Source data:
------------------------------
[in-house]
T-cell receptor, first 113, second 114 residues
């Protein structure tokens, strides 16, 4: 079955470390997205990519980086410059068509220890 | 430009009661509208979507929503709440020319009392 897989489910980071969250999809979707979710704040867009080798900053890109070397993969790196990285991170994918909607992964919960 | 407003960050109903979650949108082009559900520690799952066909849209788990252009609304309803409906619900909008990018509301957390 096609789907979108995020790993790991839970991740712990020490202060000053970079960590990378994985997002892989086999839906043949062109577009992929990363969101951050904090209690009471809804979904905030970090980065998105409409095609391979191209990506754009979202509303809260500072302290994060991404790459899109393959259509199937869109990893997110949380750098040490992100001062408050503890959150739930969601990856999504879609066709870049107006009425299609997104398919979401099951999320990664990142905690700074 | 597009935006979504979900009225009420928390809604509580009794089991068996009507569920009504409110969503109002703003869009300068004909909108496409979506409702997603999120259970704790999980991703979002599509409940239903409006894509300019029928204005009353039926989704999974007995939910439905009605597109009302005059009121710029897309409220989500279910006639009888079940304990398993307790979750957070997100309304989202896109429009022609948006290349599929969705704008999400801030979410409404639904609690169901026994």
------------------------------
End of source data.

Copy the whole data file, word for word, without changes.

[in-house]
T-cell receptor, first 113, second 114 residues
């Protein structure tokens, strides 16, 4: 079955470390997205990519980086410059068509220890 | 430009009661509208979507929503709440020319009392 897989489910980071969250999809979707979710704040867009080798900053890109070397993969790196990285991170994918909607992964919960 | 407003960050109903979650949108082009559900520690799952066909849209788990252009609304309803409906619900909008990018509301957390 096609789907979108995020790993790991839970991740712990020490202060000053970079960590990378994985997002892989086999839906043949062109577009992929990363969101951050904090209690009471809804979904905030970090980065998105409409095609391979191209990506754009979202509303809260500072302290994060991404790459899109393959259509199937869109990893997110949380750098040490992100001062408050503890959150739930969601990856999504879609066709870049107006009425299609997104398919979401099951999320990664990142905690700074 | 597009935006979504979900009225009420928390809604509580009794089991068996009507569920009504409110969503109002703003869009300068004909909108496409979506409702997603999120259970704790999980991703979002599509409940239903409006894509300019029928204005009353039926989704999974007995939910439905009605597109009302005059009121710029897309409220989500279910006639009888079940304990398993307790979750957070997100309304989202896109429009022609948006290349599929969705704008999400801030979410409404639904609690169901026994």